Theme Convener: George Williams
In our country, where a very comprehensive railway system developed before the general application of the internal combustion engine, road transport is, even now, largely complementary to rail. How it dovetails into the railway system is illustrated by the first display in this section – a haulage vehicle at the loading bay of a railway platform. Quick turn-round of rolling stock is an essential to efficient operation, and this largely depends on the success of mechanical handling as between truck and road vehicles. The new pallet system is demonstrated here.
A characteristic of modern British production in commercial vehicles is design for a very great variety of needs. This is illustrated by full-sized and model vehicles displayed on the terraces of this Pavilion. Here, too, are road vehicles propelled by electricity and by the so-called diesel compression-ignition engine, which has grown out of the work of the British engineer Herbert Akroyd Stuart.
Britain claims the largest production of bicycles and motorcycles in the world. These grew from the early cycle, powered versions of which preceded the motor car. Samples of the best of modern production are exhibited near a display of the early history of mechanically propelled vehicles in Britain
In addition to what has been shown of contemporary production of haulage and public transport vehicles, the main contribution of the modern British motor industry has been in the small and economic private car, with ample accommodation, and a small but highly efficient engine. The industry is equally famous for a few luxury private vehicles, but these compete in a different field.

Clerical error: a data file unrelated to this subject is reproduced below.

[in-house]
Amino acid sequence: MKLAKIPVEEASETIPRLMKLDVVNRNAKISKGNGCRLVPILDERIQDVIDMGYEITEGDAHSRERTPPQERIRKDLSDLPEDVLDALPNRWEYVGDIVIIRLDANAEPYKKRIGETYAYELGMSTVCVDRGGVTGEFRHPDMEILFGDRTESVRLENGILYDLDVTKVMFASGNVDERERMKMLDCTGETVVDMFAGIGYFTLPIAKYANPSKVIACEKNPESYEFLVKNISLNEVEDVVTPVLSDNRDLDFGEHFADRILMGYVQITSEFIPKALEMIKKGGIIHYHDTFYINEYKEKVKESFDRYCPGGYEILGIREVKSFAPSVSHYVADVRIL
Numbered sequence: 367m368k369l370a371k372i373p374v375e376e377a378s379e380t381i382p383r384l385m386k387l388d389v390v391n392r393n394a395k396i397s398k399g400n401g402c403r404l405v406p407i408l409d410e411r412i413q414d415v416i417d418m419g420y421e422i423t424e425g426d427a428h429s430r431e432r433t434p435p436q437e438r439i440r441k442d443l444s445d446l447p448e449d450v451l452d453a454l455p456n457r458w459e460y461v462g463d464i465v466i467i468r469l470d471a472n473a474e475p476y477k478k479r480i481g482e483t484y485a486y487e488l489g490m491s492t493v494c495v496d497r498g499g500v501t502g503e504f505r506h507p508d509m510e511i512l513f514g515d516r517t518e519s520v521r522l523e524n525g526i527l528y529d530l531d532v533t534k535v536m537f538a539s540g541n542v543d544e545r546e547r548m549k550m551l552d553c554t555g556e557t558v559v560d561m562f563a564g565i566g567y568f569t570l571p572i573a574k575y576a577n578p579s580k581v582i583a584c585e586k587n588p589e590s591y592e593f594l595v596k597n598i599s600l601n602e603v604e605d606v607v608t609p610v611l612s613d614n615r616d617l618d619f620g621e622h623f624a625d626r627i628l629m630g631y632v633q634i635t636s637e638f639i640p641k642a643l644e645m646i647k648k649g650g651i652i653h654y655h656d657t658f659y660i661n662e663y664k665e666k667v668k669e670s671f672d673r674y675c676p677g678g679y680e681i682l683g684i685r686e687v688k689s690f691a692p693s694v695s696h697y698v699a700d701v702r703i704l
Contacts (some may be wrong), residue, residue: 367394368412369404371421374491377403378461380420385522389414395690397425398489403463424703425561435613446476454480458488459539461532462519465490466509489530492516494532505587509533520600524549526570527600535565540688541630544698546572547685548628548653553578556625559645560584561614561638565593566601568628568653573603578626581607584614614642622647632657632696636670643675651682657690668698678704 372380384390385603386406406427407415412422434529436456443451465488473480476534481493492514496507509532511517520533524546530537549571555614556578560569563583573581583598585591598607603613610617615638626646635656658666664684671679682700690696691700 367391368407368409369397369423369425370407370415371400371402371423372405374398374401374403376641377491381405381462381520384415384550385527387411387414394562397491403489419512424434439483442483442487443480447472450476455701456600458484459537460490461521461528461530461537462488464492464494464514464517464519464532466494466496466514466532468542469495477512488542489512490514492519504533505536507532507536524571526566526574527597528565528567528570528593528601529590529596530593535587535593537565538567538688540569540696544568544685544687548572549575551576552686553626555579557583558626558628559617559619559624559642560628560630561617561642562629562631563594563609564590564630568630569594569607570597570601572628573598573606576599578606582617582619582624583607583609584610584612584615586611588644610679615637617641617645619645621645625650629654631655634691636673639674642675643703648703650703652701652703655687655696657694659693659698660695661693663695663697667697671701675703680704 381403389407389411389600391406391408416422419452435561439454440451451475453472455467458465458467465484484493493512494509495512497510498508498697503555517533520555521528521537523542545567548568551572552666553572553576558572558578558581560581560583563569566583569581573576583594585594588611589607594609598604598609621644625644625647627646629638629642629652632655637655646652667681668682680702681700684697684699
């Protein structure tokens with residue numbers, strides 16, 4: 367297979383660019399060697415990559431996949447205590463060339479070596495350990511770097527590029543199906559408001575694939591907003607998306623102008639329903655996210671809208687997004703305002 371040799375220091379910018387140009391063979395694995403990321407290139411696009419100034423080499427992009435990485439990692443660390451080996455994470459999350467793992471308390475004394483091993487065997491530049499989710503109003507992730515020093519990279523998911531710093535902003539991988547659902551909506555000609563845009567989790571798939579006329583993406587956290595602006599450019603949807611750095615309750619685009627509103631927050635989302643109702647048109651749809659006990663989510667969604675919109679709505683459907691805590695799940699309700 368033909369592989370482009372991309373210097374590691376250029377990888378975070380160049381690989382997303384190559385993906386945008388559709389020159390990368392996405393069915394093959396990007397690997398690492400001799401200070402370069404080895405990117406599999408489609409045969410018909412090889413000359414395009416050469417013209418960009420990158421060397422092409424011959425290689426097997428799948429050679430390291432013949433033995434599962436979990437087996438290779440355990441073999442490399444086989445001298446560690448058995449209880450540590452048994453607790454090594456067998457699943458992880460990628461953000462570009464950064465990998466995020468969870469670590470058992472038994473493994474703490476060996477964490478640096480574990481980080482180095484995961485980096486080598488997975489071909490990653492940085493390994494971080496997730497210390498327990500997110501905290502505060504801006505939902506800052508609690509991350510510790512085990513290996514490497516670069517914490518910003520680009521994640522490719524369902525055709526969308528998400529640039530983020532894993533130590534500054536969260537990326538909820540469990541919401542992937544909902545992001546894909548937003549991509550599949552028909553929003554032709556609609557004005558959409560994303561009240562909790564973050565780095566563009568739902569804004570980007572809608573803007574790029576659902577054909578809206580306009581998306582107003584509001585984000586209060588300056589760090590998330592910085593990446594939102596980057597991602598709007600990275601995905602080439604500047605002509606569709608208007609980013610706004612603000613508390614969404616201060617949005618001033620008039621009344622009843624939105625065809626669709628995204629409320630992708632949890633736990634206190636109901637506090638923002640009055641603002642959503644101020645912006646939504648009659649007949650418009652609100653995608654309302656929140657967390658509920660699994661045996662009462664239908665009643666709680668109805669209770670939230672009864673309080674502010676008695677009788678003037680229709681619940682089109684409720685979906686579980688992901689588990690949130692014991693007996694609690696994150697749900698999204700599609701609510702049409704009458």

Among these small, economic cars there is a very wide variety of types. For this reason the exhibits in this Pavilion will change frequently to give fair display to all of them. At any one time, however, the visitor will be able to see a light-medium saloon, a medium-large saloon, a convertible, and a typical British sports car.
British roads developed their trends and personalities long before the arrival of the motor car. It is no wonder, then, that this newcomer soon began to cry out for far-reaching changes in them. As an example of what is being done on a wide scale lo meet these modern needs, the new scheme for linking the industrial centres of South Wales with the Midlands is presented in model form. Part of the scheme is a new bridge over the River Severn. The designing of this has been the subject of intensive research at the National Physical Laboratory, a summary of which is here displayed. Around the model of the bridge is acknowledgment of the importance of the work of modern bridge designers and engineers.
Science is playing an increasing part also in road design, construction and traffic control. This will be shown both on the terrace and within the Pavilion. Here, too, are displays of road safety measures.
A car well designed and well produced has a very satisfactory and effortless appearance. But within it is a vast amount of research and engineering skill which has to be seen to be believed. This is made plain on the upper floor of the Road section in this Pavilion, which the visitor can reach by following up the ramp where the modern cars are displayed. The most topical of these is the first private vehicle to be propelled by gas-turbine power.
Here, too, for the enthusiast (and there are many) is a special display of British achievement in motor racing and record breaking.